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Legal hope for victims of Internet trolls

Opinion

A recent Australian legal case gives hope to people who have been defamed by Internet trolls, writes legal commentator Morry Bailes.

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Over the many years I have been in legal practice I have experienced a steady stream of clients filing into my office airing a common complaint: I have been defamed on the Internet and I don’t know what to do about it. Often they are just as concerned about preventing further publications as seeking redress for the damage already done.

Decisions of the High Court of Australia have made it clear that the location of an internet server is irrelevant so long as the publication of the defamatory material is in Australia. Practically speaking, however, trying to enforce a court order against an Internet host internationally can be near to impossible.

Thus the only legal target is often the defamer, if indeed they are known. Often they are not, and the victim has no redress and no respite. Defaming an individual in this way is cowardly and damaging.

Two weeks ago, in the Western Australian Supreme Court, our firm received a judgement in a landmark matter that pitted a serial defamer against a number of Perth business people. Terry McLernon had relentlessly and falsely accused our clients, Anton Billis, Oliver Douglas and Paul Matich, of dodgy business dealings and improper conduct. Unlike in many instances of this type,  he made little practical attempt to conceal his identity, despite engaging in a campaign of deplorable conduct by repeating, over and over, a litany of vicious , unproven and untrue allegations, which amounted to defamation – pure and simple.

Many a plaintiff so defamed would have nowhere to turn. The thought of incurring legal fees to secure a judgement for damages which may ultimately prove to be unrecoverable would deter many a victim, leaving them unprotected and vulnerable. However, Messrs Billis, Douglas and Matich were having none of it. Sick of McLernon’s repeated publication of false and defamatory material they launched a civil action which proved both epic and bold, and finally, on October 7, 2016, their stance was vindicated.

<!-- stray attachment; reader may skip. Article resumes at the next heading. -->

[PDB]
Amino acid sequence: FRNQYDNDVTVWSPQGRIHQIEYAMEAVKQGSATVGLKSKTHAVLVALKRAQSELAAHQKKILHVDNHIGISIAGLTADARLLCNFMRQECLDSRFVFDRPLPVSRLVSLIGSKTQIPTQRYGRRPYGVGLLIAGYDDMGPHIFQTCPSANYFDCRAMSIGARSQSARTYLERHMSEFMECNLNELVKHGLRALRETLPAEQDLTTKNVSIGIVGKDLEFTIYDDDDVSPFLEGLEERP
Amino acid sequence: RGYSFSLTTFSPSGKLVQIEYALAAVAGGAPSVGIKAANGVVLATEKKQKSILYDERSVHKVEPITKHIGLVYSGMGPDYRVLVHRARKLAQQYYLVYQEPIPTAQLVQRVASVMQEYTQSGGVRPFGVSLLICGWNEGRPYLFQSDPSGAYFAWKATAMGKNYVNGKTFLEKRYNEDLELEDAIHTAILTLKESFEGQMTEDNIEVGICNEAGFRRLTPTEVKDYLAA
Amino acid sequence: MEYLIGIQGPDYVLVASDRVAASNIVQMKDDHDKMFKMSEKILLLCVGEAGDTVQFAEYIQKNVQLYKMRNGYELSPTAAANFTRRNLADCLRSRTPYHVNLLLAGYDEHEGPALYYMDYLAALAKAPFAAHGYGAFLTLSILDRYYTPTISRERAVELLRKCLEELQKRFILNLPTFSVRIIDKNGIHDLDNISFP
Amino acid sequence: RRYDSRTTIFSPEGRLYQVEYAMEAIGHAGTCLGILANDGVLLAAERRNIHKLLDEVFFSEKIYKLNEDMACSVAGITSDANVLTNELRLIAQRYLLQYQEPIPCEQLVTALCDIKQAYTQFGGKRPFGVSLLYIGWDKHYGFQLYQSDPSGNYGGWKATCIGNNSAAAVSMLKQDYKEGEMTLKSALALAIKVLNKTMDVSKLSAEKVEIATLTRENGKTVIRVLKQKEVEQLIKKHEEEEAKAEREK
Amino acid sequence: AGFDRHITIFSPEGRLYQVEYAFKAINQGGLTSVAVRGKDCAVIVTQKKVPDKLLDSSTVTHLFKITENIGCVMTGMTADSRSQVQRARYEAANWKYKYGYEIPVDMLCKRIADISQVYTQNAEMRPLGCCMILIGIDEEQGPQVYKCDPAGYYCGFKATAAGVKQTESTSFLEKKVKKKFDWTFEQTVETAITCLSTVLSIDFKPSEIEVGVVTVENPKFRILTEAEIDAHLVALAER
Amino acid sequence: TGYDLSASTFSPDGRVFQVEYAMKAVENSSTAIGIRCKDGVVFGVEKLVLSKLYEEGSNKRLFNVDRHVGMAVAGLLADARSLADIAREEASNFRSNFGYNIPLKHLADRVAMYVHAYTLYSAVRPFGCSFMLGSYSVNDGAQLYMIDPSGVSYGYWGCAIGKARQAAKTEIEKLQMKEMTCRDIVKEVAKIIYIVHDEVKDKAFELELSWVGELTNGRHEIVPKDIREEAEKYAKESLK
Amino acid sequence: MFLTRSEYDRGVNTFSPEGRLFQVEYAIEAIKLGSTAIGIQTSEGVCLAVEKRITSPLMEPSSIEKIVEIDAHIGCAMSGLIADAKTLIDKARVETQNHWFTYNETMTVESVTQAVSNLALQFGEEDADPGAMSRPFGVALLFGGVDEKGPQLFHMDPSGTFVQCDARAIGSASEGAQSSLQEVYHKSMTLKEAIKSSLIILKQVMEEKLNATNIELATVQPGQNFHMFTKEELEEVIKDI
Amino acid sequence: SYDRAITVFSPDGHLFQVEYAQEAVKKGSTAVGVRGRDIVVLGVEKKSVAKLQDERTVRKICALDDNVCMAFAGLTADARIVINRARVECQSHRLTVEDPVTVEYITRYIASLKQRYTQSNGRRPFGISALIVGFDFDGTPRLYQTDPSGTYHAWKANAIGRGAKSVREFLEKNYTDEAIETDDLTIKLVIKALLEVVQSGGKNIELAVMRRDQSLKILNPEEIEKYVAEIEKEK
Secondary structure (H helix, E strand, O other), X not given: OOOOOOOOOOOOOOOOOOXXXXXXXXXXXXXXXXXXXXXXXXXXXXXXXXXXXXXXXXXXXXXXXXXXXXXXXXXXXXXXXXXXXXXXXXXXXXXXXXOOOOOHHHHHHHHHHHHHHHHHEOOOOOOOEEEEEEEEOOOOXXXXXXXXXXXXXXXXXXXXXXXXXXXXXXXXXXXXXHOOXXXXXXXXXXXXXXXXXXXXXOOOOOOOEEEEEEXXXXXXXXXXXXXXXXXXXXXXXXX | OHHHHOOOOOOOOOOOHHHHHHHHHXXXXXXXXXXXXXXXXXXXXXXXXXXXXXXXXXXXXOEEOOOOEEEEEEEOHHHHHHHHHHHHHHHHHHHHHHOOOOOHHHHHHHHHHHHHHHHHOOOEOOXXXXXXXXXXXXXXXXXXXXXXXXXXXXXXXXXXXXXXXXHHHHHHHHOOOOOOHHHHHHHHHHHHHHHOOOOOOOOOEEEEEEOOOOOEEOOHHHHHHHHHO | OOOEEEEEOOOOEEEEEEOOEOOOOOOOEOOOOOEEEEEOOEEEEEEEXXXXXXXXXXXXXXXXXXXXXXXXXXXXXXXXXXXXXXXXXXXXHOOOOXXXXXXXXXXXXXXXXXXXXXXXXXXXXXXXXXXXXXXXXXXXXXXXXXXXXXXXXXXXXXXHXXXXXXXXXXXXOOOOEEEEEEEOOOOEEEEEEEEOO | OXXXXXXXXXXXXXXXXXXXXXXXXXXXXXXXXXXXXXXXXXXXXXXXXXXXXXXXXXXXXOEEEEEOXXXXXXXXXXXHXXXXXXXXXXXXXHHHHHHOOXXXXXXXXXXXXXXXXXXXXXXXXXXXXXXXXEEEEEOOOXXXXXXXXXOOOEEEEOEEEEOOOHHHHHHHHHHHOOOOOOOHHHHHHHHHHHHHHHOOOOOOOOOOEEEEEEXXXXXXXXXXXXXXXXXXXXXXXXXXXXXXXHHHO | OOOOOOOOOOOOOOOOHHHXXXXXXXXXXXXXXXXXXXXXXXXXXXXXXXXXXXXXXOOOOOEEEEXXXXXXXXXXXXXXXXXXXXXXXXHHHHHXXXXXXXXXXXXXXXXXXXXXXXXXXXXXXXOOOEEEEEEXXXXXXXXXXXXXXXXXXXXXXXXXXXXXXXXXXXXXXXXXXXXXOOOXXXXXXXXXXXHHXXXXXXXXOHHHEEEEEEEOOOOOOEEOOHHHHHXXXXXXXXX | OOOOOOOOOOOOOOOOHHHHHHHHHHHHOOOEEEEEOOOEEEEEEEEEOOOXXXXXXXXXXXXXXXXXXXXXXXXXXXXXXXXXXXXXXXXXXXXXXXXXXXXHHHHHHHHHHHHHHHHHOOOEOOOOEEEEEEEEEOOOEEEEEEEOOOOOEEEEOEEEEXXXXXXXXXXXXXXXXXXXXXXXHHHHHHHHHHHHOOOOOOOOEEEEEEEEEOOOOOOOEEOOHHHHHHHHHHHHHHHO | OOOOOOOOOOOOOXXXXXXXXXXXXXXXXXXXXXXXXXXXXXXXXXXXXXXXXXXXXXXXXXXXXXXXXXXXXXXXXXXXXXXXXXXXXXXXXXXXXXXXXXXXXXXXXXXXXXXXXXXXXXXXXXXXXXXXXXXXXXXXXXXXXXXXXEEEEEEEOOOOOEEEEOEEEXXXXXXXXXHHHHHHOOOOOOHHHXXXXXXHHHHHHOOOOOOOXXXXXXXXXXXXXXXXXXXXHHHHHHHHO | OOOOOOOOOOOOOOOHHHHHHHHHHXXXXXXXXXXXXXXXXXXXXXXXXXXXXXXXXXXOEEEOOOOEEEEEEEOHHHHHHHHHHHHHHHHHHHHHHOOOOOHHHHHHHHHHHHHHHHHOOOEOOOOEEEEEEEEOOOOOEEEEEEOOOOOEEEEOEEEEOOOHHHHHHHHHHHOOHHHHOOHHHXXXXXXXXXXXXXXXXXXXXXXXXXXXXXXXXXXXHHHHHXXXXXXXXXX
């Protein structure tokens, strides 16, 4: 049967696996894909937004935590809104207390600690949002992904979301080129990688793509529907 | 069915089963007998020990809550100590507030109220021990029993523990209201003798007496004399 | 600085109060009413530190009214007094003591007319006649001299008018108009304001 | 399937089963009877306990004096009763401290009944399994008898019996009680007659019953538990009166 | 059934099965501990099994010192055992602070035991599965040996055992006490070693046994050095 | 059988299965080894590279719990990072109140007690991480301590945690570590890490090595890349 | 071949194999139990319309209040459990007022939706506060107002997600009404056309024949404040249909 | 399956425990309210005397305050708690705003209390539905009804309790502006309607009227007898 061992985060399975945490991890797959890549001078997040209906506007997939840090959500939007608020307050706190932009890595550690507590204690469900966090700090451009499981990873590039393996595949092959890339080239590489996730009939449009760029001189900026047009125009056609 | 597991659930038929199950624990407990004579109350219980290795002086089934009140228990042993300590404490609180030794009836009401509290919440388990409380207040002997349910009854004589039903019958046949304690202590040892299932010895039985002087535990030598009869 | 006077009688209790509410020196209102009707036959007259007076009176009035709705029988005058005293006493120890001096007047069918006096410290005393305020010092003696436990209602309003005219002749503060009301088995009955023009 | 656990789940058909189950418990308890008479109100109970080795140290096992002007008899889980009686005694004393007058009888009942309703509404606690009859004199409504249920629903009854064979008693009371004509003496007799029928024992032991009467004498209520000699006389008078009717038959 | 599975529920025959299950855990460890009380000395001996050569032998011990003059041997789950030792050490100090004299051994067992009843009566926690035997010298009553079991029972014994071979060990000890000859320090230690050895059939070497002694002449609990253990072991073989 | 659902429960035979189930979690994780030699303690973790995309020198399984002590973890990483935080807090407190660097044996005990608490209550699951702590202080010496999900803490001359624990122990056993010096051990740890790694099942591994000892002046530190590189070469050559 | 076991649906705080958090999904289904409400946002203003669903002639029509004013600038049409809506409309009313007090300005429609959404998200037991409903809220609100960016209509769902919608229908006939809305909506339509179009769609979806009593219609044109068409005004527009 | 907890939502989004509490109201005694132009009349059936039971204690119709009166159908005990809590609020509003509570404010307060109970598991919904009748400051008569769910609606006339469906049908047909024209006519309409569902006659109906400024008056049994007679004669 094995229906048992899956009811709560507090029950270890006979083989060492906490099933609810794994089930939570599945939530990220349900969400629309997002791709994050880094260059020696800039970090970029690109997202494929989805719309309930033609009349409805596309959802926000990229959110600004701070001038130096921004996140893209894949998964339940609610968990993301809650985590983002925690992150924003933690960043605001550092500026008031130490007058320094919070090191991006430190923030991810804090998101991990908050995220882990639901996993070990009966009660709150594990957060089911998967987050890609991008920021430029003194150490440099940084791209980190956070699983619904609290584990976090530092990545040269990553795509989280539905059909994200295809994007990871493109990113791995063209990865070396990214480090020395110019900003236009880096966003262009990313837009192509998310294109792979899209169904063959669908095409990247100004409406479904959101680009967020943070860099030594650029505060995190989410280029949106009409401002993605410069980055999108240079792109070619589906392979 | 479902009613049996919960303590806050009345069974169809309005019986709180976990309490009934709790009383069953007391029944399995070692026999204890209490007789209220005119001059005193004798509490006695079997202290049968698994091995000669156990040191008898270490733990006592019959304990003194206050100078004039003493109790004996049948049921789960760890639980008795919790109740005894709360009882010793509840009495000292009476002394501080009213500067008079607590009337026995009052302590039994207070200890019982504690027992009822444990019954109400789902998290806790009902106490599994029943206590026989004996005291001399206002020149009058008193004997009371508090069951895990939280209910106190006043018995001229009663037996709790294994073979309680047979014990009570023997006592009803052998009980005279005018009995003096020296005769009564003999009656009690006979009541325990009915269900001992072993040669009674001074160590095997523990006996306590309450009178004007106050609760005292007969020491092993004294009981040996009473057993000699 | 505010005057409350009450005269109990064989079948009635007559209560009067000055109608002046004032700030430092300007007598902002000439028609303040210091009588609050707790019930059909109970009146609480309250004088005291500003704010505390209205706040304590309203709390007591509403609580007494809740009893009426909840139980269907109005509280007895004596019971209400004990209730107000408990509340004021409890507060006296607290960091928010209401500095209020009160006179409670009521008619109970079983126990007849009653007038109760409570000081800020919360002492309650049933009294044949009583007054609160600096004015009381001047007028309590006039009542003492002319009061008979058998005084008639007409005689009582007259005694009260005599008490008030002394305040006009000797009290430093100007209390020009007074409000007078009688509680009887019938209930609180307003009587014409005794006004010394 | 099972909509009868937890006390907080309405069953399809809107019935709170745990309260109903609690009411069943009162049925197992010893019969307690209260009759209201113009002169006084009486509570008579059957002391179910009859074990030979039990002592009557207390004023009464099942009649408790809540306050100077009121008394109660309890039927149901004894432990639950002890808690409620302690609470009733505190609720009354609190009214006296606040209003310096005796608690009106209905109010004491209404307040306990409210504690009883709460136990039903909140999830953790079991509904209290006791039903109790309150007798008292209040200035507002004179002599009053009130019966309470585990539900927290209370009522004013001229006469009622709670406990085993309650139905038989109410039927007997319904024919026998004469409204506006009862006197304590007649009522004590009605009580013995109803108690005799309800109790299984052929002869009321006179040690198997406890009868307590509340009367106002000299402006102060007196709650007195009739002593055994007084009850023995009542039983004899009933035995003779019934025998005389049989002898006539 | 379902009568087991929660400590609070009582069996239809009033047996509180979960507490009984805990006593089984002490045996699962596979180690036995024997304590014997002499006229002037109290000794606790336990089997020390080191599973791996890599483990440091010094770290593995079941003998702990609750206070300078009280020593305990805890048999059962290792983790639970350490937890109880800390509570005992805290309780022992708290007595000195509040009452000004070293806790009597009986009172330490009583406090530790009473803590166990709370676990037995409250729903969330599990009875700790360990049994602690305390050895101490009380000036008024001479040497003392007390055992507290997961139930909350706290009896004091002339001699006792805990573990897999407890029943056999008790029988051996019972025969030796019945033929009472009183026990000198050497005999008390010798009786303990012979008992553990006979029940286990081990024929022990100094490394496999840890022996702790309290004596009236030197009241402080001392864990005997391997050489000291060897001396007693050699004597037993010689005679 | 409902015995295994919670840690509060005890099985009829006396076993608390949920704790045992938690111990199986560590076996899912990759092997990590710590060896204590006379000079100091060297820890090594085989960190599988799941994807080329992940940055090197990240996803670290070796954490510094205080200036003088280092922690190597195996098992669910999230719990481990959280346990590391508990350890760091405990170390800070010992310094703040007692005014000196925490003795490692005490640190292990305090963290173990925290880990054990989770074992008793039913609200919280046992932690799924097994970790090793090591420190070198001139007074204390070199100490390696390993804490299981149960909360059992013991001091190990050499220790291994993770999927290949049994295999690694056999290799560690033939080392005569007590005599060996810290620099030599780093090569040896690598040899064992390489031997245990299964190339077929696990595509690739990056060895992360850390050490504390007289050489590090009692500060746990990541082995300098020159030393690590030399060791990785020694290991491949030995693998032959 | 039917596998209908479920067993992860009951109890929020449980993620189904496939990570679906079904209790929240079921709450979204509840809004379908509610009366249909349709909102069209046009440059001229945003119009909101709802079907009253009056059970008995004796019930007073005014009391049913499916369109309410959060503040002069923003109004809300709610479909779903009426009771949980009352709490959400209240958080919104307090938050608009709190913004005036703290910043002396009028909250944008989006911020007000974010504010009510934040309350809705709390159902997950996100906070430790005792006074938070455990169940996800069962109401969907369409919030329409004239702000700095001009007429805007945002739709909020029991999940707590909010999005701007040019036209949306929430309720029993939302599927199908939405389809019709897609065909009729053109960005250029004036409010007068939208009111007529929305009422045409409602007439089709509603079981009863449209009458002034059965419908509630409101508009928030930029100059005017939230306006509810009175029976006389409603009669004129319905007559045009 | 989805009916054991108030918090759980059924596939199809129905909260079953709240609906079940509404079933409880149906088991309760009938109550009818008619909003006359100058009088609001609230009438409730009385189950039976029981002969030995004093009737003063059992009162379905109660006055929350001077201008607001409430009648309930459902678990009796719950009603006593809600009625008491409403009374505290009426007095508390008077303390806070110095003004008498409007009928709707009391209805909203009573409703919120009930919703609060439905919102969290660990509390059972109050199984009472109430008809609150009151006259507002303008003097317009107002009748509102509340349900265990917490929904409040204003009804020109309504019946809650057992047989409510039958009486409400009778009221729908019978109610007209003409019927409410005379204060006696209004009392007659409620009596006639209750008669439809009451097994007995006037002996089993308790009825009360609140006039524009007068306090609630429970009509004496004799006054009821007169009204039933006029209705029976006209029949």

“There is a lingering misapprehension that anything at all can be posted concerning another person over the Internet, no matter how defamatory or scandalous, and that the posted material will enjoy a complete immunity.”

Not only did they receive judgements for near-record sums in the circumstances, including what in law we call ‘aggravated damages’, they were granted indemnity costs which are ordered in the discretion of a judge when another party ought not to have either brought or defended a civil legal action. Further, and perhaps most importantly, they also won permanent injunctions preventing publication of any further defamatory material in like vein by the defendant. Should the defendant now breach the order of the court it would amount, in all likelihood, to contempt for which one may be jailed.

In his judgement, Justice Kenneth Martin had a bit to say to the community about the prevalence of Internet “trolling” and its potential consequences for those unwise enough or stupid enough to engage in it. Describing McLernon as “some sort of self-appointed Internet crusader”, he warned those who may wish to engage in such conduct by saying : “There is a lingering misapprehension that anything at all can be posted concerning another person over the Internet, no matter how defamatory or scandalous, and that the posted material will enjoy a complete immunity.”